Once again I'm baffled at the high rating for this book. Yes, there is flowery, descriptive prose, written somewhat in the style of Jane Eyre but the prose is often far exalted and doesn't fit with what the character could possibly be capable of thinking. They want us to believe the protagonist is a 16 year old girl yet have her mind supposedly thinking like that of an aged philosopher. Two other main characters are supposedly without much thought of others yet have lofty philosophical thoughts?
I would most liken this book to Virginia Wolf - if you like reading about dysfunction, and I mean real dysfunction, without any expectation of it turning into a happy or perhaps even just a satisfactory outcome, this would be a book for you. It goes no where and ends no where and no one is the better off for it.
However, if you want to feel that your time has been well spent and you learned something - turn away. I forced myself through the drivel as I anticipated the story would go somewhere. The characters would learn, grow and move forward, perhaps for the better. Not with this book. It's a very slow, agonizing death of the heart with absolutely NO ENDING.
I didn't think I'd find a classic I didn't enjoy since I often so appreciate the artistic language in classics. Unfortunately Cider House Rules omits the great writing found in many classics and instead concentrates on a rather bizarre storyline surrounding early abortions. The doctor becomes convinced to perform abortions because he also runs an orphanage. That's pretty bizarre to me since one who loves children would seem to be one who couldn't do abortions. Just to add a little "spice" the doctor is overworked and therefore takes to taking ether naps, self-administrating the ether.
Certainly not my cup of tea.
This isn't one of those few "must reads" but it certainly is a good book that holds the interest. Love the English accent of the reader, not too overbearing. The story line is exciting though because American gun laws are not the same, at the beginning American readers might wonder what the fuss is all about and avid gun owners might even be a little taken back. Simply accepting that this is/was the law in Great Britain will get you past that part.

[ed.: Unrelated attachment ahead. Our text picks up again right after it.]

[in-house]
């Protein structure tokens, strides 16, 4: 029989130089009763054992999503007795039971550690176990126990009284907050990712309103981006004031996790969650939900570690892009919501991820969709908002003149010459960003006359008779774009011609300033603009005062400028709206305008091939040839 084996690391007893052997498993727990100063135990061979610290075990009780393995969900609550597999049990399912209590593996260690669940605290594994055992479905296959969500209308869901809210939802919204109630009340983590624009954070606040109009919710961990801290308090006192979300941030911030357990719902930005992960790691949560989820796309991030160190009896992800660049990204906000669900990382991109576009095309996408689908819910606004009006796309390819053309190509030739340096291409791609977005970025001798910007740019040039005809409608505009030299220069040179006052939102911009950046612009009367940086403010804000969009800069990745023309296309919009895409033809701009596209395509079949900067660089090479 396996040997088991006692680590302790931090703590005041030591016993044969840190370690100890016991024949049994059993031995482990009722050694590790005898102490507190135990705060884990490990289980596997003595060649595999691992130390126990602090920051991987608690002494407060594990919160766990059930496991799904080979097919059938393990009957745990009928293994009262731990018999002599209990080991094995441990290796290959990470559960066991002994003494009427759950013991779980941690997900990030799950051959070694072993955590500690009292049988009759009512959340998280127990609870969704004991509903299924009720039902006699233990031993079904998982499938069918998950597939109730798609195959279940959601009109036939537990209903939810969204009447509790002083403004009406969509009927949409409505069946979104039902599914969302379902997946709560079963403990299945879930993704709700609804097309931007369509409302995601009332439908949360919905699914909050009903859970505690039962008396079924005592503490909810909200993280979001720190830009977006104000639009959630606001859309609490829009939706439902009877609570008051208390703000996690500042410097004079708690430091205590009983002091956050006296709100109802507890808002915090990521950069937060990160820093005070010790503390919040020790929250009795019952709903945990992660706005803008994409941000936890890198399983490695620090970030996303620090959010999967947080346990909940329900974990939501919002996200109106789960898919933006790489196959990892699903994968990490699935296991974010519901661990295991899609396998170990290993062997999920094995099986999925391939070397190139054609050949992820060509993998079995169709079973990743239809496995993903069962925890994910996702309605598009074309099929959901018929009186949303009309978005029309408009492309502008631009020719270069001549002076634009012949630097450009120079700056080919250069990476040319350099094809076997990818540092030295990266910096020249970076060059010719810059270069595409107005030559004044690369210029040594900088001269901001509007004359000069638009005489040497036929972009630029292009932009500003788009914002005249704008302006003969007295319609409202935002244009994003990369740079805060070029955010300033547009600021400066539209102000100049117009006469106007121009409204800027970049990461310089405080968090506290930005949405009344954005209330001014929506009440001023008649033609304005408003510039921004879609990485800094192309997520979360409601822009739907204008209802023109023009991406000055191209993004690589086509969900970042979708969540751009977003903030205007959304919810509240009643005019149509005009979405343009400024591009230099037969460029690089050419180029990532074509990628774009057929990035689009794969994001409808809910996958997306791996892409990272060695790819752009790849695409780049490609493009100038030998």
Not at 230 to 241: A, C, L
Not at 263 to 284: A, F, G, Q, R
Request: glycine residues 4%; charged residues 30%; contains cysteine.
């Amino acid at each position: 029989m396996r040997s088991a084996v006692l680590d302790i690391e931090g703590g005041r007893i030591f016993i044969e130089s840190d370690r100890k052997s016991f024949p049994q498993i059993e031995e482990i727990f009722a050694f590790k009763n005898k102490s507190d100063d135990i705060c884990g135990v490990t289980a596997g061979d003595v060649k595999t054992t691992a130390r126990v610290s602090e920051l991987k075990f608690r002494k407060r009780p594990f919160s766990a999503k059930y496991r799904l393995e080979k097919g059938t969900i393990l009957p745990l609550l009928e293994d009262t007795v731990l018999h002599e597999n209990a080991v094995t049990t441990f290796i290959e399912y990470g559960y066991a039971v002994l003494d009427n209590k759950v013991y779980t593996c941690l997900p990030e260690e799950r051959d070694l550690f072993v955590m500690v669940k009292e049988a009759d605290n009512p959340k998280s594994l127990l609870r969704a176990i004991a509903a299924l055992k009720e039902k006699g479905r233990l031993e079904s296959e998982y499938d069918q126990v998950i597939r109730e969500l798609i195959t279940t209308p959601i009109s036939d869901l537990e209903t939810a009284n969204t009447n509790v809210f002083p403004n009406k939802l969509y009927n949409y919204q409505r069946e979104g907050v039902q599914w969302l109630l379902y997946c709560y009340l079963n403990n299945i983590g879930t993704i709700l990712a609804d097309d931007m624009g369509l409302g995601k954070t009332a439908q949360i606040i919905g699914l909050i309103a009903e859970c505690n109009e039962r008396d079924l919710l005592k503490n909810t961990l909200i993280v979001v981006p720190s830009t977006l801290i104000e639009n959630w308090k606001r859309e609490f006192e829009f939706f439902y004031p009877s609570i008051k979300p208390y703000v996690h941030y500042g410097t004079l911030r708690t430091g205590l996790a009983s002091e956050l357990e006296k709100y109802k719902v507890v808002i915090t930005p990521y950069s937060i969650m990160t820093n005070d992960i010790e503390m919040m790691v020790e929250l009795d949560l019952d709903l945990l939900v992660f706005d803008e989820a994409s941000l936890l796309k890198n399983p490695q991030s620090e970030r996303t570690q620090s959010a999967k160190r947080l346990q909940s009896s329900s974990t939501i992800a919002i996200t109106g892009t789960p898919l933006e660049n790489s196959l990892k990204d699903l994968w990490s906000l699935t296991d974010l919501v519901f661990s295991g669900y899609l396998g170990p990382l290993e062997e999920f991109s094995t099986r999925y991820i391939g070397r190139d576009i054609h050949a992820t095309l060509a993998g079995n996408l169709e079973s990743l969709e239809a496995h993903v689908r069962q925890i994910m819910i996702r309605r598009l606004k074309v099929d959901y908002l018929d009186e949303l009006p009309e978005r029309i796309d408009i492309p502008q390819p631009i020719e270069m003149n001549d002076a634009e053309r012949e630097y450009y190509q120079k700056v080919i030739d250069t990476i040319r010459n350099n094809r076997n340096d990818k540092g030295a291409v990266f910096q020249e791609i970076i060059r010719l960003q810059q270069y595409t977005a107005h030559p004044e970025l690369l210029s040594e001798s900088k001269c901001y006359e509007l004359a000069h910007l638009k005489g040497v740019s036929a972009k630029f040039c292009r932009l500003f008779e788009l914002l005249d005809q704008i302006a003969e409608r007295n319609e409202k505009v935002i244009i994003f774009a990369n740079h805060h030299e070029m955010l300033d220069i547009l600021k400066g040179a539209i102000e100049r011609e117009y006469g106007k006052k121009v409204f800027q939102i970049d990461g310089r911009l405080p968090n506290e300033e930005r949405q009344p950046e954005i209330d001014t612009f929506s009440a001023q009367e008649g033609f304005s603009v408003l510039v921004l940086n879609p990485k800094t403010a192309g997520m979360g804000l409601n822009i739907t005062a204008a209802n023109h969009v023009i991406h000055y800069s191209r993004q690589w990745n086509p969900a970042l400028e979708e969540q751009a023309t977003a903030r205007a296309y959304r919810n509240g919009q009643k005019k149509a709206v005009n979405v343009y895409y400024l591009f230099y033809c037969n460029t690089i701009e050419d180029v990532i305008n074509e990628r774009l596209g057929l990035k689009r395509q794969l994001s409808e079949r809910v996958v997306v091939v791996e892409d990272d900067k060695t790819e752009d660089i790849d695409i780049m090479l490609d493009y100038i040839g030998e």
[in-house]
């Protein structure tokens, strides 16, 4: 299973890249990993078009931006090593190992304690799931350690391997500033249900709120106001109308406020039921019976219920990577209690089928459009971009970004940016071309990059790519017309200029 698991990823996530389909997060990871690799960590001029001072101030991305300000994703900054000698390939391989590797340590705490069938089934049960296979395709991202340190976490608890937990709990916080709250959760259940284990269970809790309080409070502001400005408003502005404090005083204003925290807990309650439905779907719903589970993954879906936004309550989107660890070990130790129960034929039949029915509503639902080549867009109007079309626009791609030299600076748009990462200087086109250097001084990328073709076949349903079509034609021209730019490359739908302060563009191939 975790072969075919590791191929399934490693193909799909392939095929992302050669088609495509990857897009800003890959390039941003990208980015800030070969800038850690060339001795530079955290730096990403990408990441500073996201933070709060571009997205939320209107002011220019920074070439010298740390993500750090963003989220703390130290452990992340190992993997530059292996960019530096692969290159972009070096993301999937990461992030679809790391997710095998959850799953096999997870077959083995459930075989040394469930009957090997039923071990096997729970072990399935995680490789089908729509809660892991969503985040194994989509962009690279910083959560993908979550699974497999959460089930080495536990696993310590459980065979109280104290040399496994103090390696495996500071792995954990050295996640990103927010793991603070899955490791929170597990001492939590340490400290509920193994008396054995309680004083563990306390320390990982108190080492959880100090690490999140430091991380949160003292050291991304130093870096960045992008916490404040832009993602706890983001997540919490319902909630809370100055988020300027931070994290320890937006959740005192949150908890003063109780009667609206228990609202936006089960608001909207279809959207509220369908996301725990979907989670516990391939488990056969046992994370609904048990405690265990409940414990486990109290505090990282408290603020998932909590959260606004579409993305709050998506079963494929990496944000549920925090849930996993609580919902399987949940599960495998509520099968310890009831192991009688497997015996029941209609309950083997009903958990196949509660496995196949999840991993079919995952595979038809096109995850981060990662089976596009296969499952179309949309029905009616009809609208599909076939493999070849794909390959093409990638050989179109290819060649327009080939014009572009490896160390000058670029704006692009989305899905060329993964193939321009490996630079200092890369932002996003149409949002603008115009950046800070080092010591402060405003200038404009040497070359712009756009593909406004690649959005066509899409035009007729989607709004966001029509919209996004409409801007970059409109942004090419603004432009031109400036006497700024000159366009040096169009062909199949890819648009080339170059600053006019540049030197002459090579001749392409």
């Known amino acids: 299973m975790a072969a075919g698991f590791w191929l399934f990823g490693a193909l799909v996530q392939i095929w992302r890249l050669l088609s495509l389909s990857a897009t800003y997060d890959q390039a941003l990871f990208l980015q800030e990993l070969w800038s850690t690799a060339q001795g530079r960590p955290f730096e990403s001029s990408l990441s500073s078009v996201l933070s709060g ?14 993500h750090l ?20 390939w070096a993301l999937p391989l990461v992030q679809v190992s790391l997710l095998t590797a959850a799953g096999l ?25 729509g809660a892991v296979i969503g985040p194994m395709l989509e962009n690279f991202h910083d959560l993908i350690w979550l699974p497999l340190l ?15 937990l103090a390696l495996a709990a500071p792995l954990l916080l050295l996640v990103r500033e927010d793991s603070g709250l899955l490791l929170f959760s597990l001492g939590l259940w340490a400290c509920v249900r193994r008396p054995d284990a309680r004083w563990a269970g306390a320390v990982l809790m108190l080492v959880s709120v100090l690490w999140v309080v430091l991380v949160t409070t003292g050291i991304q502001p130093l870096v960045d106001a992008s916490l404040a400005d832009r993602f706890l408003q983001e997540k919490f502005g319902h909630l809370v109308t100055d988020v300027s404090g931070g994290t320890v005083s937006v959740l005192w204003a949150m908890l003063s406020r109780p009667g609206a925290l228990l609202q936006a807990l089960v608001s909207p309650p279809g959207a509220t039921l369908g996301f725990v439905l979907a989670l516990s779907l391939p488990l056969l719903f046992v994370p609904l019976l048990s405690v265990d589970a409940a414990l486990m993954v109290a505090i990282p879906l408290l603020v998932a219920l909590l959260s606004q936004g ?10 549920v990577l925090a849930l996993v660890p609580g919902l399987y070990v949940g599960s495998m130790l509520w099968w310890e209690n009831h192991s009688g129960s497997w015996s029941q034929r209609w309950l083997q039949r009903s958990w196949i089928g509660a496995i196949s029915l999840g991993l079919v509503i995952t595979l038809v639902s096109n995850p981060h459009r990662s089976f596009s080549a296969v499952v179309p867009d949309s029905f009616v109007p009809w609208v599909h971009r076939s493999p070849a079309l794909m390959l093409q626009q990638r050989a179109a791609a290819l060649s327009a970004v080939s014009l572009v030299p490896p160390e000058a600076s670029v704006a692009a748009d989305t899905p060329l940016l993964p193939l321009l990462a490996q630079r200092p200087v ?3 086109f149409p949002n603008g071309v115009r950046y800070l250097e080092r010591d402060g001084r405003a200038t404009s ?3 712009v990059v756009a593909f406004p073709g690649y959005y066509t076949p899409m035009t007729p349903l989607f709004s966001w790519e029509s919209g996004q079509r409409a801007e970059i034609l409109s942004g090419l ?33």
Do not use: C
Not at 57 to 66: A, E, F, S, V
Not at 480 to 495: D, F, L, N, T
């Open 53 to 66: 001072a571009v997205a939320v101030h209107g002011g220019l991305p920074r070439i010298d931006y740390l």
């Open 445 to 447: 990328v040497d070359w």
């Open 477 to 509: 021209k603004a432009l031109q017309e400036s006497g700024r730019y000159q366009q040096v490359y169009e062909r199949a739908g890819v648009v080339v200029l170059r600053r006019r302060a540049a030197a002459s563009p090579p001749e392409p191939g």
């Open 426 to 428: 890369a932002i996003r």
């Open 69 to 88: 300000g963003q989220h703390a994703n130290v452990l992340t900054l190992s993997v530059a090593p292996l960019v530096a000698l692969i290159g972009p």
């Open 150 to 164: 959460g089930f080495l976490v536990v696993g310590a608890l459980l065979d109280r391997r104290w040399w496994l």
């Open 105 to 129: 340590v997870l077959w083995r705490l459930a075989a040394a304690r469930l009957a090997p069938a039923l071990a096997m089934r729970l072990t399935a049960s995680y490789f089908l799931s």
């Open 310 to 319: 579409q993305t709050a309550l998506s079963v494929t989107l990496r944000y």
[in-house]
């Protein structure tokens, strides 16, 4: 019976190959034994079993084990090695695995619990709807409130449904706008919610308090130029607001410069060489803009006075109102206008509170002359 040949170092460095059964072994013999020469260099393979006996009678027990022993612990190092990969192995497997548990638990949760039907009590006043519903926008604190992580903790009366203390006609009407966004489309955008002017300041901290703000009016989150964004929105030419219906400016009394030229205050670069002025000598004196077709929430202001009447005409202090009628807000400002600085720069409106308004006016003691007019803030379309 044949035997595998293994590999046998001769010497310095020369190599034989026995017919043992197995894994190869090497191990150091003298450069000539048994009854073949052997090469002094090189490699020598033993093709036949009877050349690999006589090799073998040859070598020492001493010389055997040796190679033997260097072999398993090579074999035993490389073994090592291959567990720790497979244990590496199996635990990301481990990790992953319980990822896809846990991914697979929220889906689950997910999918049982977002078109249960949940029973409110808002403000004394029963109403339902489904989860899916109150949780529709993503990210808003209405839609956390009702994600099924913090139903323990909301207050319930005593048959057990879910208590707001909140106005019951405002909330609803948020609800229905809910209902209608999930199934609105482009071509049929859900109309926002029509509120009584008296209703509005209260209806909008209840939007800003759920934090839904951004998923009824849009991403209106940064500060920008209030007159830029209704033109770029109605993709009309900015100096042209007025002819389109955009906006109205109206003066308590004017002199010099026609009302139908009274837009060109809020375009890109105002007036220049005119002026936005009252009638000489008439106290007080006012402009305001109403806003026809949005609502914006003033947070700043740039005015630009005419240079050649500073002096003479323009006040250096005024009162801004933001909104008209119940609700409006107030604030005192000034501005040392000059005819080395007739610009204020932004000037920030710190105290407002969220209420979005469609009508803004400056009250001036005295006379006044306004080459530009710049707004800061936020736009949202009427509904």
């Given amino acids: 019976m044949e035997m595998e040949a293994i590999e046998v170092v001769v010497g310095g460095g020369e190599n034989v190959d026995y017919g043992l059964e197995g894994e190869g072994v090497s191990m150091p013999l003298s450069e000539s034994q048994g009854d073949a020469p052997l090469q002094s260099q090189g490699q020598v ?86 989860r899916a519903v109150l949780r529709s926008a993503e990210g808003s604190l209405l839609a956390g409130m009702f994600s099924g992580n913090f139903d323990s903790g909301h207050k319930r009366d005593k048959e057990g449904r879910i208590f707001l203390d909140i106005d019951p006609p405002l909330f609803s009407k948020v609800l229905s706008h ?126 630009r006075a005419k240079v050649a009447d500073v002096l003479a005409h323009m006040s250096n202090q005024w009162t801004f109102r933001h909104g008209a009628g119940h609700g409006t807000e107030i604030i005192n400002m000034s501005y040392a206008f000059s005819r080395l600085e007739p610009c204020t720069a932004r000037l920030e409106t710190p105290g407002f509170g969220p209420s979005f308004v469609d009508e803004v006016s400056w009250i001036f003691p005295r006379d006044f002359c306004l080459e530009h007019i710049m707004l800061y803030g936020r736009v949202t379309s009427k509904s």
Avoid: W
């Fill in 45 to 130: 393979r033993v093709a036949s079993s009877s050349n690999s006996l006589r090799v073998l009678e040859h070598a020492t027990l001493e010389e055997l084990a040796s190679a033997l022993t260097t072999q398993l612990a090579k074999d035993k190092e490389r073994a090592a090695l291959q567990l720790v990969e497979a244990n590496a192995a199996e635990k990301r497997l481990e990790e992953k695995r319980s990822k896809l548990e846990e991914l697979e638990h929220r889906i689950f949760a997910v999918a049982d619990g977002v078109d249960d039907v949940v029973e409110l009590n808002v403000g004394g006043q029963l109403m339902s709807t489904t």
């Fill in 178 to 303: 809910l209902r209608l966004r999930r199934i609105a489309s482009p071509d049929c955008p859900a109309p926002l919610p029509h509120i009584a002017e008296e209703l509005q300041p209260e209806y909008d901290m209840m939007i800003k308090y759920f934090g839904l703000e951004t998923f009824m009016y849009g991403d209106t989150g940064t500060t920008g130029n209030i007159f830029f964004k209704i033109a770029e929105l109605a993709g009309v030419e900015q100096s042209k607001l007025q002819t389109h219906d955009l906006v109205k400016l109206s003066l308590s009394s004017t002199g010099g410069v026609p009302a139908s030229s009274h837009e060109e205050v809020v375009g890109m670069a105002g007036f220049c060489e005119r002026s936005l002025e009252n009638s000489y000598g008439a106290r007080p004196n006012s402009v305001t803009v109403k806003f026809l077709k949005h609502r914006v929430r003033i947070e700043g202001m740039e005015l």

The first half of the book is interesting but not particularly thrilling to the point you can't put the book down. The excitement happens further into the book with the ending sort of petering out. I think most people who enjoy a good book will still enjoy this one.
I bought this book based on very high reviews and ravings. I thought I'd learn all about the inside stories in baseball, again based on reviews. Not even! What we have here is a so-so had been baseball player telling HIS story and in a bit of a confused way since he jumps around a bit.
I'm slogging through really bad jokes where the reader-author laughs to let you know it's suppose to be funny. I would never have purchased a book by a not very well known has been baseball player's life. It's just not interesting to me. What I thought I was purchasing was stories of a lot of baseball players and the secrets behind the facade of baseball. If that's what you are wanting, take it from me -It's not there.
Divergent is compared to Hungar Games because both story lines involve a changed universe, both have a teen heroine and a love story. And if you enjoyed Hungar Games, you will probably also enjoy Divergent.
It's an enjoyable story line that certainly captures one's attention but it is also fast writing. The fast writing leaves details missing and causes some jumping from one part to another part of the story without a complete resolution.